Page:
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Caplan Foundation for Early Childhood

The Caplan Foundation for Early Childhood is an incubator of promising research and development projects that appear likely to improve the welfare of young children, from infancy through 7 years, in the United States. Welfare is broadly defined to include physical and mental health, safety, nutrition, education, play, familial support, acculturation, societal integration and childcare.

Grants are only made if a successful project outcome will likely be of significant interest to other professionals, within the grantee’s field of endeavor, and would have a direct benefit and potential national application. The Foundation’s goal is to provide seed money to implement those imaginative proposals that exhibit the greatest chance of improving the lives of young children, on a national scale. Because of the Foundation’s limited funding capability, it seeks to maximize a grant's potential impact.


Program Guidelines

The Foundation provides funding in the following areas

  • Early Childhood Welfare

    Children can only reach their full potential when all aspects of their intellectual, emotional and physical development are optimally supported.

    Providing a safe and nurturing environment is essential as is imparting the skills of social living in a culturally diverse world. Therefore, the Foundation supports projects that seek to perfect child rearing practices and to identify models that can provide creative, caring environments in which all young children thrive.

  • Early Childhood Education and Play

    Research shows that children need to be stimulated as well as nurtured, early in life, if they are to succeed in school, work and life. That preparation relates to every aspect of a child’s development, from birth to age seven, and everywhere a child learns – at home, in childcare settings and in preschool.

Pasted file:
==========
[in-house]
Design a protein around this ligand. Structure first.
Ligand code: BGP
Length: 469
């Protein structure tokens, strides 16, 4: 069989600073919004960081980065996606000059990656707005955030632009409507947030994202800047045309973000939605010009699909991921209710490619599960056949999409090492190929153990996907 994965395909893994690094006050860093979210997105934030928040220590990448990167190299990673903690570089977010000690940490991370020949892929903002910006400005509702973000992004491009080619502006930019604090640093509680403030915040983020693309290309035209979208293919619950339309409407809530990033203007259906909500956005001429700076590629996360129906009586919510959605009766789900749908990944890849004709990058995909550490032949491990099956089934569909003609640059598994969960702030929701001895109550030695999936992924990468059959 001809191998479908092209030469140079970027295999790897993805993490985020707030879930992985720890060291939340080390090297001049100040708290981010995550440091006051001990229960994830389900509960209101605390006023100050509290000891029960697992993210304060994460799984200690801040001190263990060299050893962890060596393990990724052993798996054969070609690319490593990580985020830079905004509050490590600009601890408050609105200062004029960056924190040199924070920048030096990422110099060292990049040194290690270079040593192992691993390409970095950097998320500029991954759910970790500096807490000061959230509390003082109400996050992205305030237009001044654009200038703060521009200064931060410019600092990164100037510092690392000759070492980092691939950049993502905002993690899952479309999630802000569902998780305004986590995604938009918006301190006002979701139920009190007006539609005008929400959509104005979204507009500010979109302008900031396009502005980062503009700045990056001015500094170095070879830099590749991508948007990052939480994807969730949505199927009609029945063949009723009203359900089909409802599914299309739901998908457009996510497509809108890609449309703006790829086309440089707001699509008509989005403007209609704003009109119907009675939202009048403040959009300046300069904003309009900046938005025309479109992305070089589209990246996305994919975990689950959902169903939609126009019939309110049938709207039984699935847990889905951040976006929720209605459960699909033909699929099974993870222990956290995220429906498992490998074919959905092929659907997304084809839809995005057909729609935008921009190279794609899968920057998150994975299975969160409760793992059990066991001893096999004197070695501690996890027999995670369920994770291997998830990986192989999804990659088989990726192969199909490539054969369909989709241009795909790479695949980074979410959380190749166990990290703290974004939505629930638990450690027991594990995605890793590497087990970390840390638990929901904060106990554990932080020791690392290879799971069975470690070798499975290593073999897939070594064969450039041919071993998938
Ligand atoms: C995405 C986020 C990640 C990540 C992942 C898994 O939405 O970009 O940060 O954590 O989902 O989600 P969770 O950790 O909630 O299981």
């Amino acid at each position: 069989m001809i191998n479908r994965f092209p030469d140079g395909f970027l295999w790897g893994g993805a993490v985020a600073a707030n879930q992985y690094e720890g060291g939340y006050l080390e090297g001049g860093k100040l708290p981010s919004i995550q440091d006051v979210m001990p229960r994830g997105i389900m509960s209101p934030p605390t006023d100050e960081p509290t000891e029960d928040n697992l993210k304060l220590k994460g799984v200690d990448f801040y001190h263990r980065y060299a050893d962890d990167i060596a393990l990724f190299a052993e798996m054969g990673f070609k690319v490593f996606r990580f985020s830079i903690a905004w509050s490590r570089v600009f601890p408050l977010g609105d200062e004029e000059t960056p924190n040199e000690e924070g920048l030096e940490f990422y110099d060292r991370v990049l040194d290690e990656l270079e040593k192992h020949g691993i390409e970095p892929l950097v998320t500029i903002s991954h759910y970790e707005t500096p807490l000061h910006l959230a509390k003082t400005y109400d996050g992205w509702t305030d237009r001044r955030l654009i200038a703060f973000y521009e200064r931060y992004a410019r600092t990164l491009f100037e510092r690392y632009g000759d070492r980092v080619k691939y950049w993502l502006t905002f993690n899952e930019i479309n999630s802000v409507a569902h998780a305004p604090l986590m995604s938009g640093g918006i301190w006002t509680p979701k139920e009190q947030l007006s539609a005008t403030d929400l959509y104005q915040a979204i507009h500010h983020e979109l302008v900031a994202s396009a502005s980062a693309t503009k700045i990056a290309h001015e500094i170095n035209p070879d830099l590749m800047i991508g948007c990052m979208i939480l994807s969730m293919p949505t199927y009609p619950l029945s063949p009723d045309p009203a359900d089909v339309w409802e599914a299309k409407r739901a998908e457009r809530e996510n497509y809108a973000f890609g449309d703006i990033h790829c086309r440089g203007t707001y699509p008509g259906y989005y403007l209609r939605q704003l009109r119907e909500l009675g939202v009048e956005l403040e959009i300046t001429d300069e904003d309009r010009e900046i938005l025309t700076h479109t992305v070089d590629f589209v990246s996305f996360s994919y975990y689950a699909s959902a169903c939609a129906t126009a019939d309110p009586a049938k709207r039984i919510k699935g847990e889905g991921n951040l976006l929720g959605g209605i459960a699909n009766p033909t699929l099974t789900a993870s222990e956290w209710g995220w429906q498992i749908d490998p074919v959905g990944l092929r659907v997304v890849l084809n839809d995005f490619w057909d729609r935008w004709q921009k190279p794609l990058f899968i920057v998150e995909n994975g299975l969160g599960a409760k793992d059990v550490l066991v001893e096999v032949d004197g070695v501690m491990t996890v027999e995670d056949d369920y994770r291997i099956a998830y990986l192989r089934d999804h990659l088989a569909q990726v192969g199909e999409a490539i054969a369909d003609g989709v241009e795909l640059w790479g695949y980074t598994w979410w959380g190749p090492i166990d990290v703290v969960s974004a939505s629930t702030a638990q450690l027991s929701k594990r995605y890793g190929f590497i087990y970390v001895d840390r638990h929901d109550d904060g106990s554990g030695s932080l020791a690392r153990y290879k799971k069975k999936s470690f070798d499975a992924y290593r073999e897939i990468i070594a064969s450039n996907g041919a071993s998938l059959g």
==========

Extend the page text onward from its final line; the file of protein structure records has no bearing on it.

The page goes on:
We seek to improve the quality of both early childhood teaching and learning, through the development of innovative curricula and research based pedagogical standards, as well as the design of imaginative play materials and learning environments.

  • Parenting Education

    To help parents create nurturing environments for their children, we support programs that teach parents about developmental psychology, cultural child rearing differences, pedagogy, issues of health, prenatal care and diet, as well as programs which provide both cognitive and emotional support to parents.

Funding Limitations

​The Foundation will not fund:

  • the operation or expansion of existing programs
  • the purchase or renovation of capital equipment
  • the staging of single events (e.g., concerts, seminars, etc.)
  • the creation or acquisition of works of art or literature
  • the activities of single individuals or for-profit entities
  • political or religious organizations
  • programs with religious content
  • programs to benefit children residing in foreign countries
  • medical research applicable to both adults and children

All letters of inquiry that don't comply with the limitations will be rejected.

Furthermore, the Foundation will only fund grant applications that define measurable outcomes, include credible methods for documenting and assessing results, provide for financial accountability in the application of funds, and include detailed, prudent implementation budgets.

Policy on Funding Indirect Expenses for Grants

The Foundation will not fund arbitrary or excessive allocations of indirect expenses even if a project is worthy. The Foundation’s Board will only approve a maximum of 15% of a project’s direct expenses, when earmarked as general and/or administrative overhead.

Policy Regarding Multiple Year Funding Requests

Consistent with the Foundation’s mission, as an incubator of innovative research and development directed to improving the general welfare of young children, we will not fund more than the first year of multiple year projects. It is our belief that having multiple funders, of those worthy projects that demand more sustained efforts, increases the likelihood of their success by ensuring broader oversight and greater long term promotional possibilities.

Apply for a Grant